Stress and Heart Disease: Proceedings of the International Symposium on Stress and Heart Disease, June 26–29, 1984 Winnipeg, Canada
ISBN/ASIN: 9781461296225,9781461325871 | 1985 | English | pdf | 447/457 pages | 23.0 Mb
Publisher: Springer US | Author: Stewart G. Wolf (auth.), Robert E. Beamish, Pawan K. Singal, Naranjan S. Dhalla (eds.) | Edition: 1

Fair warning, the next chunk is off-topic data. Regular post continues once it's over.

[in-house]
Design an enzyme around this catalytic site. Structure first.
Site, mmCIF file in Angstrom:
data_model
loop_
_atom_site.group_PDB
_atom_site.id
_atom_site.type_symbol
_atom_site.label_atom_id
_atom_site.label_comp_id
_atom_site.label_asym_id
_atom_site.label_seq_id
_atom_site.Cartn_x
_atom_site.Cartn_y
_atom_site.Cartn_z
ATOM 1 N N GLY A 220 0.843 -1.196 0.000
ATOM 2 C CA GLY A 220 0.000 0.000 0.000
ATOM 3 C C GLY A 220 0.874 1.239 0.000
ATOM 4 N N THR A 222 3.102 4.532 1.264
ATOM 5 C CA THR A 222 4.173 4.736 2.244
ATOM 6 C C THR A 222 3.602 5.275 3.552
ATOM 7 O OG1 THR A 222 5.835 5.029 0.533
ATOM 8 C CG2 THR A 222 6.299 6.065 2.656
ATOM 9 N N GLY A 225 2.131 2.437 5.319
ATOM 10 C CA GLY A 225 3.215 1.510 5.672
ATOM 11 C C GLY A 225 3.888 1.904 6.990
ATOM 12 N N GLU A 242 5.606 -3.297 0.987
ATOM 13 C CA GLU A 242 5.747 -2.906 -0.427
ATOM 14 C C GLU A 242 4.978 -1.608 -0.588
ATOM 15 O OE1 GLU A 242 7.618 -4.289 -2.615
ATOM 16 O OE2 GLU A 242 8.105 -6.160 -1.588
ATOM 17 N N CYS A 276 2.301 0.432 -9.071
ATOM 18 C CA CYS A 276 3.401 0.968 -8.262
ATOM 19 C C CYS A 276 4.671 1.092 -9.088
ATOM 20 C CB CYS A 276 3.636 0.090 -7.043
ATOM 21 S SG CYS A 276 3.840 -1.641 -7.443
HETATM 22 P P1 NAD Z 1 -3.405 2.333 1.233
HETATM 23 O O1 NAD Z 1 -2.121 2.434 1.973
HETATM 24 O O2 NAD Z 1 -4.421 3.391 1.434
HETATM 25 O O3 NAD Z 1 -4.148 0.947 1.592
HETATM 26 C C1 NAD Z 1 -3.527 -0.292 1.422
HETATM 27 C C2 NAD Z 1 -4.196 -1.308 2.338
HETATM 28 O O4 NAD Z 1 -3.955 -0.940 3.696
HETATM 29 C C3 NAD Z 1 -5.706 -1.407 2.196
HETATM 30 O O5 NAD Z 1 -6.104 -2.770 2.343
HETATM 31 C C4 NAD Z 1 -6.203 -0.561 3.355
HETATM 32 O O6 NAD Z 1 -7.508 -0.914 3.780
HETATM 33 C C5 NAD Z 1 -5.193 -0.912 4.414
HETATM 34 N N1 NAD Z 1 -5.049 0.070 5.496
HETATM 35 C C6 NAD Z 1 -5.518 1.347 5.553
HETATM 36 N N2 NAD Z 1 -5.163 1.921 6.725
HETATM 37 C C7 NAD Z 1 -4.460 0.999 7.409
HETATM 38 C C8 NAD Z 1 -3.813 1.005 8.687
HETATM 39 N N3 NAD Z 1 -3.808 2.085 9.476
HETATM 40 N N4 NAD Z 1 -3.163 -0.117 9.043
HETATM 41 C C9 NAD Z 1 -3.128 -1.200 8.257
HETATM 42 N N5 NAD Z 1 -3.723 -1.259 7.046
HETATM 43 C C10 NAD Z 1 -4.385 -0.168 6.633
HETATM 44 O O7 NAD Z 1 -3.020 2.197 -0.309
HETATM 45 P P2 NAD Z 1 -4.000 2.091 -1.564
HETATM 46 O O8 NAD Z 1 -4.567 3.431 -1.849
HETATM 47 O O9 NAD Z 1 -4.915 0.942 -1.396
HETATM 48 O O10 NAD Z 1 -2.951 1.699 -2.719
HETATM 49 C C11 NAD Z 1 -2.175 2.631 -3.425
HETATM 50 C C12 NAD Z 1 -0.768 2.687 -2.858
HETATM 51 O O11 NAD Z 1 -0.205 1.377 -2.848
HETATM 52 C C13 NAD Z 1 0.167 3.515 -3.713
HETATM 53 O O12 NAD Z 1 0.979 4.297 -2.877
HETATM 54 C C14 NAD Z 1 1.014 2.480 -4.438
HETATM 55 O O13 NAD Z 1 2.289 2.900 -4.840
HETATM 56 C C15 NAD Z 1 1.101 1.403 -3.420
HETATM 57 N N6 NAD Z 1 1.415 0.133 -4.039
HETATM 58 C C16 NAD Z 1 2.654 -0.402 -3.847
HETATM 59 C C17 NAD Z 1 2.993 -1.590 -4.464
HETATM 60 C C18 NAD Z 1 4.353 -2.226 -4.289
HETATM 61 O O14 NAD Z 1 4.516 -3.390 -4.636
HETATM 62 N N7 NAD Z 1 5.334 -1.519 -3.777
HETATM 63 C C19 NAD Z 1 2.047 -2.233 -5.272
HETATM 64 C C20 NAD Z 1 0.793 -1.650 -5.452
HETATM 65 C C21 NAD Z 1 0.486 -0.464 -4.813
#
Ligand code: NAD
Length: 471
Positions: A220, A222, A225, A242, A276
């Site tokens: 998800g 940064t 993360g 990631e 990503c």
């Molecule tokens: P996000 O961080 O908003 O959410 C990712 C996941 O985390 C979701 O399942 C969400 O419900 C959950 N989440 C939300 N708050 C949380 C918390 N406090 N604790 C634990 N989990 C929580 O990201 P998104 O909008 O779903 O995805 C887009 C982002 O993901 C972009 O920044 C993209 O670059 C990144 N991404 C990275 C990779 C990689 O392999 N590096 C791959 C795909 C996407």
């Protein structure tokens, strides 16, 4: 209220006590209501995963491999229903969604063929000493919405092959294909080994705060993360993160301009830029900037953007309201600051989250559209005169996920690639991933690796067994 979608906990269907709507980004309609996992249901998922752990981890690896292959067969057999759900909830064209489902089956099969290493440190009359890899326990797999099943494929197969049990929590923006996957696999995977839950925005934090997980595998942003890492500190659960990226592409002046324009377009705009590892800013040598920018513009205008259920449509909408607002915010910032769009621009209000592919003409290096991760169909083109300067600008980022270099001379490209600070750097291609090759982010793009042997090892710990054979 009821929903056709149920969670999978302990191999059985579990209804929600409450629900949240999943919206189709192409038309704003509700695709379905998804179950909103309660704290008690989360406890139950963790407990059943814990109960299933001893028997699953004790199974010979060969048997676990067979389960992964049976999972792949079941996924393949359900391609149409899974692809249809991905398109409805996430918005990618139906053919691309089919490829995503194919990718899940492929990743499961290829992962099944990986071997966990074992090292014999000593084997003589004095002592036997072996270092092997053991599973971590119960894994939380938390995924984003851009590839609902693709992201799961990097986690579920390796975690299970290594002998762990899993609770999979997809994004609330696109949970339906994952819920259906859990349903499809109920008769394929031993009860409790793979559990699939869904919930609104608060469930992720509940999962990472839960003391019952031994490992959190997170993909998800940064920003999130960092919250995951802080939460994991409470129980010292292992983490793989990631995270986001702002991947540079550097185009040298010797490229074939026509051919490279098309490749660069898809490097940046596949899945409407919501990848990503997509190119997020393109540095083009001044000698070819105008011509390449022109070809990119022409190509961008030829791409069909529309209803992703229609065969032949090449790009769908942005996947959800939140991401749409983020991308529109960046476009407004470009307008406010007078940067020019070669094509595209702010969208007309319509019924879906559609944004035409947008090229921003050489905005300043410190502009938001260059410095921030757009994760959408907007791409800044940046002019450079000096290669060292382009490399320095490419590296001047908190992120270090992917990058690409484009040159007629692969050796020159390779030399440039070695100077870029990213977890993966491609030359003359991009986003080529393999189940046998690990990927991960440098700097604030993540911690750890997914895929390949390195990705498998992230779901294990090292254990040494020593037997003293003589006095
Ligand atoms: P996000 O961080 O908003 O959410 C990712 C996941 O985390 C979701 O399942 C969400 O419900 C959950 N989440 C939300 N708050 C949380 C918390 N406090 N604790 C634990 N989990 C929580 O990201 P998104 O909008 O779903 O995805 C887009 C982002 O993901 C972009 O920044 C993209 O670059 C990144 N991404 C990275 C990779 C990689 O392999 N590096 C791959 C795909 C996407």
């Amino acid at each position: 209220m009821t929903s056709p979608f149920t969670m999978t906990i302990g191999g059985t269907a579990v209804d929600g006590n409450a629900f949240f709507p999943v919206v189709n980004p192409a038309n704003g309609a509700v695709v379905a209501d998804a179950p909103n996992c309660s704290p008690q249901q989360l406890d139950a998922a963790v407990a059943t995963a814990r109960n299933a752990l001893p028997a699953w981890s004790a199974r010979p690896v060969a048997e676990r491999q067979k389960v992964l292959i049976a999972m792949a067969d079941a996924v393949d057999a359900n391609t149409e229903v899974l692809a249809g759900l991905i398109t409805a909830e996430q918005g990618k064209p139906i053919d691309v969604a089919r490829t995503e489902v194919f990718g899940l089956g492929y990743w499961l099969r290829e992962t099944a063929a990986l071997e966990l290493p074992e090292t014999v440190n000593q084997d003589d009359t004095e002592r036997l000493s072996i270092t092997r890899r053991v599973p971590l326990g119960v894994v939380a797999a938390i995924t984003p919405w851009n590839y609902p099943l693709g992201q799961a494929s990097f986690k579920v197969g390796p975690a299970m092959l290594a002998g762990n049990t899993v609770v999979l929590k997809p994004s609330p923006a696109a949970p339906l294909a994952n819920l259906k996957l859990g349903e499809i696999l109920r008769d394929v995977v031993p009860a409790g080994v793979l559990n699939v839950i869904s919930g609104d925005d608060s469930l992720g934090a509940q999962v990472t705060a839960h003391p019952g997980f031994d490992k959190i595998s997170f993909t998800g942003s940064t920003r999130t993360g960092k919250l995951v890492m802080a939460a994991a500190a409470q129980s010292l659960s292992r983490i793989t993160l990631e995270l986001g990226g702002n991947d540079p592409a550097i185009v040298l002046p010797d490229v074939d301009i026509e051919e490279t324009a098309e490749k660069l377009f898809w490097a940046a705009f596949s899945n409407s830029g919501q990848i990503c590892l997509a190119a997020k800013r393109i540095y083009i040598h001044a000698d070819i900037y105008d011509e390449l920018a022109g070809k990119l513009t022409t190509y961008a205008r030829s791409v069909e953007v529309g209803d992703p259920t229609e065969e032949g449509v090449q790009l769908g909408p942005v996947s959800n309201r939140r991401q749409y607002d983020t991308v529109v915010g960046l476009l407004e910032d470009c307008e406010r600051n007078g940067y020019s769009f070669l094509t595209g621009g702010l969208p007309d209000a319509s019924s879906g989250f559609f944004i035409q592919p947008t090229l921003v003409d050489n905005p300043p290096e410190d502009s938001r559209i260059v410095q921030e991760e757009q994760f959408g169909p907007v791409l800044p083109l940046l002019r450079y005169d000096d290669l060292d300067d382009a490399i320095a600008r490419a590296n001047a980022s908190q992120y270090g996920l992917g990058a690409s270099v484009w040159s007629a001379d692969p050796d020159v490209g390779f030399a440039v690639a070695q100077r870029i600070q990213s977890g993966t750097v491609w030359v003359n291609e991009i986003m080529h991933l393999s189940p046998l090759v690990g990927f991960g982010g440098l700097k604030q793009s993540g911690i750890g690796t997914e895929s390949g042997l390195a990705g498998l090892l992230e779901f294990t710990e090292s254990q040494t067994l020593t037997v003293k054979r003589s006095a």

It has been known or suspected for centuries that there is an association between mind and emotions and the occurrence of heart disease apd sudden death. During the past fifty years this relationship has become identified with the concept of Stress, a notion developed and popularized by Hans Selye. In recent years there has been an upward surge of interest in stress by scientists in several disciplines and by the general public. Although, books, journal articles, seminars and media programs devoted to stress now abound, the definition, manifestations, mechanisms, and management of stress remain uncertain and controversial. In an attempt to clarify the situation an International Symposium on Stress and Heart Disease was held in Winnipeg, Canada, June 26-29, 1984, and the proceedings form the basis of this book and its companion volume "Patho genesis of Stress-Induced Heart Disease". Although most species which have ever existed are now extinct through countless millenia, the human species has successfully adapted to changing conditions ("stressors") such as ice ages, predators and parasites, wars, famine and plague, and now it is coping with rapidly changing social, economic and political circumstances. Such adaptation occurs at all levels of life- at the molecular level within the cell, at the level of the whole cell, in the groups of cells as organs, in the entire organism or individual, and in some cases, in the society in which the individual lives.